Individuals and organizations can start by signing on to the open letter that seeks to #EndExploitativeMarketing here.
In an interesting intersection, in many ways, the formula milk industry is not unlike the tobacco industry. But even as the 1964 surgeon general’s report came out convincing Americans that smoking is unhealthy, cigarette sales continued to increase until the 1970s. It wasn’t until the environment was modified– cigarette vending machines were removed, bans on smoking in public places were instituted, and cigarette sales were taxed– that sales started to decline.
Positioning formula companies at the same level as the tobacco industry only goes so far though. There’s no practical reason to use tobacco; but with formula, there can be.
Another recently released report, The clean energy claims of BP, Chevron, ExxonMobil and Shell: A mismatch between discourse, actions and investments, uncovers the way that global energy companies “greenwash” their actions, similar to the way formula companies purport their products on unfounded scientific claims. Oil companies have “misled the public about the dangers of climate change for years and are now doing too little to address the warming planet,” claiming strategies related to decarbonization and clean energy… which are dominated by pledges rather than concrete actions. [https://www.npr.org/2022/02/16/1081119920/greenwashing-oil-companies]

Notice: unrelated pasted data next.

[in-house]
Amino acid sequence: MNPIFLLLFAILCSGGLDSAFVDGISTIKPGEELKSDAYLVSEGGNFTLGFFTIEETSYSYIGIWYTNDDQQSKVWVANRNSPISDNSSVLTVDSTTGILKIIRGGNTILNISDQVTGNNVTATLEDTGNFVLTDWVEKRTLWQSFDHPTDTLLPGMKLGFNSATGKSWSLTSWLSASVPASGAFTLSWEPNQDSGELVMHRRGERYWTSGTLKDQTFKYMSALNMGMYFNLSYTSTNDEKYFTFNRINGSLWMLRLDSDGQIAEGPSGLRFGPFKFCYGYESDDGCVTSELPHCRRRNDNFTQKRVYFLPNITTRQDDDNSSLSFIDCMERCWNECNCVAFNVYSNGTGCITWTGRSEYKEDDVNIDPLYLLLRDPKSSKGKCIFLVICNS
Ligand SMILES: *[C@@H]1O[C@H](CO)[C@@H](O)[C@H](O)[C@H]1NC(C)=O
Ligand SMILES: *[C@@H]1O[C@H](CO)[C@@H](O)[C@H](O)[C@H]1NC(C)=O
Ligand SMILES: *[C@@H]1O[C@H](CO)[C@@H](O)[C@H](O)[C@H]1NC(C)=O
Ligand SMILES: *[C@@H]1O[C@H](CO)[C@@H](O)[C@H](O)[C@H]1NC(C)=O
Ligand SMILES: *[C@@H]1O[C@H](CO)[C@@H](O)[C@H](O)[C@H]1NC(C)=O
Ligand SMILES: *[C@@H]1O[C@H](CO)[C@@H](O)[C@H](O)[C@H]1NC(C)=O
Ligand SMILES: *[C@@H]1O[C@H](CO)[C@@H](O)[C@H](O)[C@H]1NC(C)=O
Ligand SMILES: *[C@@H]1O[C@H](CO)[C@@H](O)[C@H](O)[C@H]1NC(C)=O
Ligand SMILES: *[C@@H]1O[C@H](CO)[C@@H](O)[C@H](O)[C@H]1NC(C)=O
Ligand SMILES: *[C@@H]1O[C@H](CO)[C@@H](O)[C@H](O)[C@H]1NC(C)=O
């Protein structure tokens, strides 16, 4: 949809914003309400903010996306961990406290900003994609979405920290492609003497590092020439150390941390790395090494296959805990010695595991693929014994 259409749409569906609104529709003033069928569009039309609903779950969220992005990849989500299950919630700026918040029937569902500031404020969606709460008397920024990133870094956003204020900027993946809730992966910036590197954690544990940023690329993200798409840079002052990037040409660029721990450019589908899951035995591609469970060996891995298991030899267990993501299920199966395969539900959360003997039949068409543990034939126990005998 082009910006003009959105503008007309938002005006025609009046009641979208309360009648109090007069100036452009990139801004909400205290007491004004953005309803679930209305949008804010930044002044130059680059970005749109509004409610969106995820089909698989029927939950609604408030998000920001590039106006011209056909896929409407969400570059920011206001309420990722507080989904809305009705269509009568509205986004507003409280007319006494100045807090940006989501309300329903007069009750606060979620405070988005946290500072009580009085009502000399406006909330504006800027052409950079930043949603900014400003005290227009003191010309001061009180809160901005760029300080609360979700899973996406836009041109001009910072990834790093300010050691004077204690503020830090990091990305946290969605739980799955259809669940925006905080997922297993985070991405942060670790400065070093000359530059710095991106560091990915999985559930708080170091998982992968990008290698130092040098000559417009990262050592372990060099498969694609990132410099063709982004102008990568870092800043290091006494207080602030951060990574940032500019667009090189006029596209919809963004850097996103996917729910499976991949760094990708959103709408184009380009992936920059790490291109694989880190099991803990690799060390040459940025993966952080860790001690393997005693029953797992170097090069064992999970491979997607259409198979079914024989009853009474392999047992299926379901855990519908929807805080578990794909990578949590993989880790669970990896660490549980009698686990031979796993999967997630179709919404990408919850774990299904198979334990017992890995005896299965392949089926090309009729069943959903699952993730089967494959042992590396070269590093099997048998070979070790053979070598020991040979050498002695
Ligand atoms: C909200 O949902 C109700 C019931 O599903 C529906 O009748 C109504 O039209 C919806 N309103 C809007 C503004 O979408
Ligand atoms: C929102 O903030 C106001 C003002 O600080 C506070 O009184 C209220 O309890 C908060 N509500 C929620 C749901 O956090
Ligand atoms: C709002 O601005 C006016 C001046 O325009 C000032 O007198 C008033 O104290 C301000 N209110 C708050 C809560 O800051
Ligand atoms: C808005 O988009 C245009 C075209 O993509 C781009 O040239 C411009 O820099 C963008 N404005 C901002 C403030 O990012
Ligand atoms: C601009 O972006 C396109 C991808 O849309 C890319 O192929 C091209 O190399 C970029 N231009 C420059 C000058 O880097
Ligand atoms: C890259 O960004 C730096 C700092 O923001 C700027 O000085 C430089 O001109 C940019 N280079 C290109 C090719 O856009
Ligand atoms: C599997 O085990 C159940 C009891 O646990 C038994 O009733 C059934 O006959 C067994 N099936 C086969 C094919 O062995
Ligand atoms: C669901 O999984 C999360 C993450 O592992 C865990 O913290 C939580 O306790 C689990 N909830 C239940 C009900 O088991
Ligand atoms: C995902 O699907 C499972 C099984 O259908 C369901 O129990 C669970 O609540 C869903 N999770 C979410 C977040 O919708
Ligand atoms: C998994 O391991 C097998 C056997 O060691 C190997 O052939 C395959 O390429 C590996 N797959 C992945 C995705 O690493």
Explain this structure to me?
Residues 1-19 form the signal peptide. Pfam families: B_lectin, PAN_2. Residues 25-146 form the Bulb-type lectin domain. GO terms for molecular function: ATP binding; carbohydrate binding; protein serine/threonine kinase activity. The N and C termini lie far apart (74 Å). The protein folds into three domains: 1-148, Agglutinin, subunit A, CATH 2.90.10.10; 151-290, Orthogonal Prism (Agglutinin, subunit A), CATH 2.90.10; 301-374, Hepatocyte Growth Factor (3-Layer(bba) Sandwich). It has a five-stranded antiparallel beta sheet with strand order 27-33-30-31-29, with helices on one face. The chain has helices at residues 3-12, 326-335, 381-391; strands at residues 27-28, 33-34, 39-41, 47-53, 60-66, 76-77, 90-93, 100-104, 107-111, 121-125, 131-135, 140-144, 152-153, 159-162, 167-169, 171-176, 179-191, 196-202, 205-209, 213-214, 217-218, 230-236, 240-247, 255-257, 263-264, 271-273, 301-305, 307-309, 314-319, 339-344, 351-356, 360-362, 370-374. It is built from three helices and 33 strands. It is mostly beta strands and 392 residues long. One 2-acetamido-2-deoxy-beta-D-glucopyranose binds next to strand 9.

The WHO/UNICEF report calls on us to expand coalitions to drive action across society, not just within maternal child health. (p. 18) There are lessons we can learn from advocacy groups challenging oil companies, as well as an opportunity to partner against exploitative marketing.